Why are there no true freshwater protected areas in Australia?

Freshwater ecosystems such as rivers, lakes and wetlands are precious. They contain several-times more vertebrate species per unit area than land and ocean environments, and they are more degraded.

Protected areas such as Alpine National Park and the Great Barrier Marine Park are a crucial tool for conserving wildlife on land and in the sea. But there is no similar protection for freshwater ecosystems in the world’s driest continent, Australia. Why not?

Alien fish boom shows difficulty of replenishing Murray-Darling

Wetlands and rivers need water – not least in the case of Australia’s biggest river system, the Murray-Darling Basin, which has been the target of an “environmental watering” plan designed to preserve its water levels and quality.

But research shows that, during the 2010-11 floods, measures taken to manage water levels and preserve local wildlife ended up helping alien species, such as the troublesome common carp.

A yabby is a crayfish but a cray is not a yabby: what’s in a name?

Everyone knows what a yabby is, don’t they? Well, you would be surprised. Those charming little critters with nippers in your local dam may belong to the species Cherax destructor, also known as the common yabby, but they may also be juvenile spiny crayfish (genus Euastacus), adult burrowing crayfish (genus Engaeus) or another species within the genus Cherax, including gilgies, marron and redclaw.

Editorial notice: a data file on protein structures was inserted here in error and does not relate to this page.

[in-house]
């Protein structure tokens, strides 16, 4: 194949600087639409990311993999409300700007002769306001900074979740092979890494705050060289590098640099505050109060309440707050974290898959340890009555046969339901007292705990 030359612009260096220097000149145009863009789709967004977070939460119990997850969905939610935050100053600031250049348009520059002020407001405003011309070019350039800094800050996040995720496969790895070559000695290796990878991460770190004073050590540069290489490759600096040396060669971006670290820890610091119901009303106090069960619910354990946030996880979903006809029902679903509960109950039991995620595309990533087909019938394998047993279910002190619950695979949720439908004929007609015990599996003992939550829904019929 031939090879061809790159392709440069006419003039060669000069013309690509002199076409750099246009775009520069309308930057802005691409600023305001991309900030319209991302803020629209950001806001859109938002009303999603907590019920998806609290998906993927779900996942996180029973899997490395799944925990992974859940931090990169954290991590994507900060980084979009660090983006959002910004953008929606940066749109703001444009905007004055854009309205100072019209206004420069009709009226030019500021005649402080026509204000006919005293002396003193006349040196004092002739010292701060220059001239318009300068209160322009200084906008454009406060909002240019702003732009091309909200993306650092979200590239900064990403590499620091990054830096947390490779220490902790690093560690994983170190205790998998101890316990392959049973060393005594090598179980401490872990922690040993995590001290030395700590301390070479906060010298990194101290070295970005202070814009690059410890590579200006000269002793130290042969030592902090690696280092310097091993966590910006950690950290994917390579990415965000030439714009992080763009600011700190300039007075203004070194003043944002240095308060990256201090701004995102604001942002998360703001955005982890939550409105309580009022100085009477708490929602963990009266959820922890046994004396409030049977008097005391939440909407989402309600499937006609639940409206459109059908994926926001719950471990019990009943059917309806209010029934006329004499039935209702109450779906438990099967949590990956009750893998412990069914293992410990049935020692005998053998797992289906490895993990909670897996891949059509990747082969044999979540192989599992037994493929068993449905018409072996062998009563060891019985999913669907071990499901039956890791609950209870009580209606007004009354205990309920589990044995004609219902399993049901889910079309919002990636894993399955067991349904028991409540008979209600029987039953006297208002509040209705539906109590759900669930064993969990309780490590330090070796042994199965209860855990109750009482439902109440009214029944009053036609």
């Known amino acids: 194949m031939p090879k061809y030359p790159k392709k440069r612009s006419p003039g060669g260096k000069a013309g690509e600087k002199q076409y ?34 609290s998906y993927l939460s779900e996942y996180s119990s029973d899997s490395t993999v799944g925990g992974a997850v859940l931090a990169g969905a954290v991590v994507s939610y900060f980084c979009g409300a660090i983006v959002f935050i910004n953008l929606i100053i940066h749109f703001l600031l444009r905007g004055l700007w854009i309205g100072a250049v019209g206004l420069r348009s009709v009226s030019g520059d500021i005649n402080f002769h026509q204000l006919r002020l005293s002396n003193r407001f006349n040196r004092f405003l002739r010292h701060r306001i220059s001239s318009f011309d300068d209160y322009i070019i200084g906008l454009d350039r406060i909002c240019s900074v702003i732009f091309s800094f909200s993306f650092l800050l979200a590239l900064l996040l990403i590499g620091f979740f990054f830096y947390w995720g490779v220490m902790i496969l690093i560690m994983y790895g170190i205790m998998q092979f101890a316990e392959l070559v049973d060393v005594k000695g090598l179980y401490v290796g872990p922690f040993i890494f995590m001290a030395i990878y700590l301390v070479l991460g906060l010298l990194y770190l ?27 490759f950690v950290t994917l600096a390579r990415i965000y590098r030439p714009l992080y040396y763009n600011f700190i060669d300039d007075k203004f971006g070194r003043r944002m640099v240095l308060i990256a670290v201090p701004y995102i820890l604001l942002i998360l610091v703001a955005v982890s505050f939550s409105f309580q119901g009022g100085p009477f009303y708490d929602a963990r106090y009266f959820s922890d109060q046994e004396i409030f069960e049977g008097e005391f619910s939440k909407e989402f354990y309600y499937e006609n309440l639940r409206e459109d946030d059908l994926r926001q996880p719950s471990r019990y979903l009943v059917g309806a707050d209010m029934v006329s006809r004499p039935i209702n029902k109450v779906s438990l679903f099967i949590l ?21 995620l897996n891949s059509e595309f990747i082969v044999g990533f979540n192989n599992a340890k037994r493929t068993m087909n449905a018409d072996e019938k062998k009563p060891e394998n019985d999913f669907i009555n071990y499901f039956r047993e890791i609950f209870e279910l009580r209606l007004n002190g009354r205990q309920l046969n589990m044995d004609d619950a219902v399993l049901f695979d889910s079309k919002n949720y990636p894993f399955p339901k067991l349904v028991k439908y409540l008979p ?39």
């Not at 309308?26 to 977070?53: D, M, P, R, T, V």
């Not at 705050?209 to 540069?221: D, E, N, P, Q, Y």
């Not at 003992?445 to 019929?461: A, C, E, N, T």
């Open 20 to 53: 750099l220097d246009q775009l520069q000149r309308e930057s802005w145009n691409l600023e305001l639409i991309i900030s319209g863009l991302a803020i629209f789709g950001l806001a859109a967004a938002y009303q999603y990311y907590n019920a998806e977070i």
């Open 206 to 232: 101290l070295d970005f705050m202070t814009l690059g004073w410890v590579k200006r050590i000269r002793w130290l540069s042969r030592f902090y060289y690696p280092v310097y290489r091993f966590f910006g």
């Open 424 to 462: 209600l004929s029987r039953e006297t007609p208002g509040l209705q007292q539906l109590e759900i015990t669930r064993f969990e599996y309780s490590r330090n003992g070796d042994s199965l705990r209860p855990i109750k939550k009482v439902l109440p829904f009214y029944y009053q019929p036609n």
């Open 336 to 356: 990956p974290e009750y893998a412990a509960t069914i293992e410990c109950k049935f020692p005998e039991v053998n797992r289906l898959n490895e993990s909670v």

Rakali - Hydromys

I refuse to call these critters Water Rats. Too many Australia mammals just get labelled "rats". It generates negative thoughts toward Australian Wildlife and shows a big problem Australia has in trying to conserve our natural biodiversity, when much of our precious wildlife are considered vermin. Enjoy this podcast and open your mind 

We are on the lookout for the water rat, also known as the Rakali. 'It's quite distinct, it's semi-aquatic so it spends a lot of its time in water, and it's filling the same niche as otters,' says Professor Peter Banks from the University of Sydney.

Southern Pygmy Perch

Australia has around 300 species of freshwater fish. Many people are aware of iconic species like Australian Bass, Barramundi and Murray Cod, but there a many small fish that deserve our attention. Here is the Southern Pygmy Perch.

Research by ILWS Masters of Philosophy student Luke Pearce aims to help the survival of a tiny native fish once found throughout the southern part of the Murray Darling Basin, and Charles Sturt University is also providing a home for this battler.

Fishing for Microplastics

Since the discovery of the Pacific Garbage Patch in 1997, which is predicted to measure twice the size of Texas, five more have been found across the world’s oceans with the Atlantic gyre predicted to be even larger. This plastic takes thousands of years to degrade, remaining in the environment to be broken up into ever smaller fragments by ocean currents. The gyre stretches from the coastlines of California to the shores of Japan. Recent studies have estimated 46,000 pieces of plastic per square kilometer of the world’s oceans. The number of plastic pieces in the Pacific Ocean has tripled in the last ten years and the size of the accumulation is set to double in the next ten. Sea Chair is made entirely from plastic recovered from our oceans. Together with local fishermen, Studio Swine collects and processes the marine plastic into a stool at sea.

Insect Order identification app

A colleague is working on developing some identification resources using the LUCID key which will include a smartphone app... watch this space. He showed me a LUCID Key app currently available for android and iOS which is for the identification of Insect Orders.

Apps which have keys to assist your identification skills are fantastic to ensure proper identification of fauna and flora and can be carried into the field.

iOS version - Insect Orders lucid key app

android version - Insect Orders lucid key app